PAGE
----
Frack Nation vs. Gasland in Greeley

The Colorado Statesman

Tuesday evening Eric Berglund, president of the Upstate Colorado Economic Development agency, drew 60 people to the AIMS Community College Corporate Center in Greeley for a free screening of Frack Nation, a spirited rebuttal to Josh Fox’s anti-fracking documentaries, Gasland — Parts 1 & 2. Irish journalist Phelim McAleer raised more than $200,000 through an on line appeal on Kickstarter to fund his critique of Fox’s award winning jeremiads. In an effort to cash in on the critical acclaim awarded to Gasland — Part 1, HBO Movies funded the production of his recently released Part 2.

It took me nearly ten minutes to catch up with McAleer’s thick Irish brogue. If I learned anything from him it’s that the Fracking wars are only just beginning. The original film, Gasland, is best known across Colorado for the ignition of a water tap near Craig by a bemused homeowner. McAleer claims it was faked, while others testify that they have been able to light their water for years, long before any frackers arrived. Earlier this week, the U.S. Department of Energy issued results from its three year study, reporting it was unable to find any cases of groundwater pollution resulting from fracking in thousands of well tests. This seems to be a debate where the truth resides in the belief system of the observer.

Filmmakers probably aren’t the people who should be advancing these arguments. It’s simply too easy to manipulate the emotions of an audience with impassioned appeals and copious tears shed on screen by distraught Americans — whether they happen to believe they are being poisoned by uncaring corporations or they harbor virulent resentment towards opponents perceived as denying them the economic benefit of resources belonging to them. Even Berglund acknowledged that Frack Nation isn’t intended as a neutral commentary, but was designed to incite its audience in the same way as Fox’s alarmist documentaries. McAleer even goes so far as to imply that Vladimir Putin and the Russians may be funding the anti-fracking movement in hopes of squelching marketplace competition in Europe from cheap American liquefied national gas. That’s possible, I suppose, but it feels like a stretch.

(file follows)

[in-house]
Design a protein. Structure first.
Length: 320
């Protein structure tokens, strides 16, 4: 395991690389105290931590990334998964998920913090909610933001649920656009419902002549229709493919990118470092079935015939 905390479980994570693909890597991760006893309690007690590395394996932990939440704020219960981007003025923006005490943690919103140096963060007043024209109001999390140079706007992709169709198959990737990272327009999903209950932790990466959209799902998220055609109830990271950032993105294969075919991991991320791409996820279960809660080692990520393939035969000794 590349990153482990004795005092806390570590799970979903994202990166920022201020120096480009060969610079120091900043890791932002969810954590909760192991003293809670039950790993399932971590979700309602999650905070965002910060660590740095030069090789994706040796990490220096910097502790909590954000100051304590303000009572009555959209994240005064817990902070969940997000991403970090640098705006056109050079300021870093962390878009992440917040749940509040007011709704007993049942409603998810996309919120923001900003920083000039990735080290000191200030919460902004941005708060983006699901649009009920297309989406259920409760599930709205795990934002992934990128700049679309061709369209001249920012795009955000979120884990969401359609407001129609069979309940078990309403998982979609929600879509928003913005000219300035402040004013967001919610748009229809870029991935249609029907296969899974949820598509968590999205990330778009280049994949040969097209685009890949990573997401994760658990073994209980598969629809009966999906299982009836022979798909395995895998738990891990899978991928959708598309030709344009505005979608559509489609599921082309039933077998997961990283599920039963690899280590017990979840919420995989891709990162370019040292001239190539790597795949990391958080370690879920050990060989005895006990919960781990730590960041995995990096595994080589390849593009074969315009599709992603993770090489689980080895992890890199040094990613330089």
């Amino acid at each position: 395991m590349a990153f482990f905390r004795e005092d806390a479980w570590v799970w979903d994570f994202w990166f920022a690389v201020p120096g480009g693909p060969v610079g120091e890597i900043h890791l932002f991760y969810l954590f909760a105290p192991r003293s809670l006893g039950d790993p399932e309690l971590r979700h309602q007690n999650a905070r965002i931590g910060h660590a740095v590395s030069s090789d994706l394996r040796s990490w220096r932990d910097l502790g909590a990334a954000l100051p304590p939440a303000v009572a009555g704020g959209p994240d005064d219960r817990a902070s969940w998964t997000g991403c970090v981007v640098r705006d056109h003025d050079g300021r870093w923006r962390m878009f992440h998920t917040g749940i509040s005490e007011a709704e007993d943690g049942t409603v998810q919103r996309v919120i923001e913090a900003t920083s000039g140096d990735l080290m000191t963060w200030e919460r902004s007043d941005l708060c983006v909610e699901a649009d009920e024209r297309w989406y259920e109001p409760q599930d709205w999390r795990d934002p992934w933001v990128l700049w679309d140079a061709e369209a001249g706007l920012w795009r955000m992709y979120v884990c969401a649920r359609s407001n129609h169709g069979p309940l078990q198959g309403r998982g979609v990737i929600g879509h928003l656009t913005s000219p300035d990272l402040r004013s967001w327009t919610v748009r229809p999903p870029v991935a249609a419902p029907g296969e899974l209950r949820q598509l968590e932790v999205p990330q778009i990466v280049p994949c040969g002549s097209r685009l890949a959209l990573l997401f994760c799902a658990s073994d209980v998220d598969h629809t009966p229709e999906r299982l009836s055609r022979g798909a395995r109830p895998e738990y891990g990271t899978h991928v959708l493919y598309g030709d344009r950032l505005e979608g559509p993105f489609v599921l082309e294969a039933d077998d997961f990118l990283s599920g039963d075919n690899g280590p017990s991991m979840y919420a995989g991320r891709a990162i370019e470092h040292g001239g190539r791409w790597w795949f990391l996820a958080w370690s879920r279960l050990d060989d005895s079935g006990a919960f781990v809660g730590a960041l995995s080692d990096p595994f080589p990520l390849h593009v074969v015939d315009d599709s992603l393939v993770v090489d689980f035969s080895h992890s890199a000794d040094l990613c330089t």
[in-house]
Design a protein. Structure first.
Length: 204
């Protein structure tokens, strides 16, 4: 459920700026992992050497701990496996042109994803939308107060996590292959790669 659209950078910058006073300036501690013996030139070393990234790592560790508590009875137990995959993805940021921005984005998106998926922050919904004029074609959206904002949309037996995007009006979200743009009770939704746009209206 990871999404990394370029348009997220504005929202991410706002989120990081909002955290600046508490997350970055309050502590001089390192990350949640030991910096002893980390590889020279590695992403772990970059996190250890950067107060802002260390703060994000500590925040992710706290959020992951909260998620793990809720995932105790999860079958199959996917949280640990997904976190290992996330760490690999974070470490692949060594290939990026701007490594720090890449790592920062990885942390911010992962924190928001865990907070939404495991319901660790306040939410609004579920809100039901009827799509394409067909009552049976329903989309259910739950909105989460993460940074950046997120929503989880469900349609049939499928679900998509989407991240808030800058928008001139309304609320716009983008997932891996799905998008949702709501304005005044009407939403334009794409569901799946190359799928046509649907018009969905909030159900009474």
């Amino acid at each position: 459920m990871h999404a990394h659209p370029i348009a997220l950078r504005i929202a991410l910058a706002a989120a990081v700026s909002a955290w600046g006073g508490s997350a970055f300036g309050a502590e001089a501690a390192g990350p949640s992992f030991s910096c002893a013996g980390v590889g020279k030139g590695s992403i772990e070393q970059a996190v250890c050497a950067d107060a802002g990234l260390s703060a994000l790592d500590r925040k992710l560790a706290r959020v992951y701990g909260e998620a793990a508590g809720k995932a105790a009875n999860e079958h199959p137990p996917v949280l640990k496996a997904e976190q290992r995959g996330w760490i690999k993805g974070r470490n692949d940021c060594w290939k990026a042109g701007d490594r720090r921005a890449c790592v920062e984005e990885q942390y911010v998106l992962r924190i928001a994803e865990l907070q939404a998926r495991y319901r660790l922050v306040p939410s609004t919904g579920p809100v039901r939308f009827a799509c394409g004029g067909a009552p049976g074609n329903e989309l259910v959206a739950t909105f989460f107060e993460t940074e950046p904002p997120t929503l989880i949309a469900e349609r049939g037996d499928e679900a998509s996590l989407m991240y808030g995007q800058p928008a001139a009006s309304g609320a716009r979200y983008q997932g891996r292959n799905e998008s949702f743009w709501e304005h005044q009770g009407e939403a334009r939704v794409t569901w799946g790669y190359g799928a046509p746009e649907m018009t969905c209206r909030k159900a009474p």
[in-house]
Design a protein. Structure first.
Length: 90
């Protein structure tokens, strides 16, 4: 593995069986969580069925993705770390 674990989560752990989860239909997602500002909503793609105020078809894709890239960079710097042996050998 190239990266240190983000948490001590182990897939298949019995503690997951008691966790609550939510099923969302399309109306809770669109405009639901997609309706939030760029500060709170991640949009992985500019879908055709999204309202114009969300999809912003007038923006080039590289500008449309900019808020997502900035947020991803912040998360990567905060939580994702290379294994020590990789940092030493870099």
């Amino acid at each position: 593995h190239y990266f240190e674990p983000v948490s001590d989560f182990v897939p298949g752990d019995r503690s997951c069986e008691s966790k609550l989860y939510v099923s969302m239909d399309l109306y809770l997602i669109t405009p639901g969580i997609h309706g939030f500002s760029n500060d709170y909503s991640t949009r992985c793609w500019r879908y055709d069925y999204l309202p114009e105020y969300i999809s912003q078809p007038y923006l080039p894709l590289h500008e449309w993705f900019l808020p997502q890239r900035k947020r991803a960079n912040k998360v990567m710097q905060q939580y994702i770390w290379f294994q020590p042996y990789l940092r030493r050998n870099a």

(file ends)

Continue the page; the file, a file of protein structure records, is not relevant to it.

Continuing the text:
Motives are often murky, but it is doubtful that Colorado’s anti-fracking lobby requires Soviet style encouragement. At the same time, it is equally absurd to advance the theory that widespread illness and death are somehow being hidden from public view. Weld County Commissioner Doug Rademacher emerged as the informal leader of the public discussion following the screening. A huge, bear of a man he argued that the oil and gas industry in Weld County is a lot better environmental partner today than it was thirty or forty years ago. Reflecting a pattern that characterizes public discussion in the 21st century, there were no critics in the Frack Nation audience, just as it is doubtful gas shale proponents would attend a screening of Gasland – Parts 1 or 2. That’s a problem.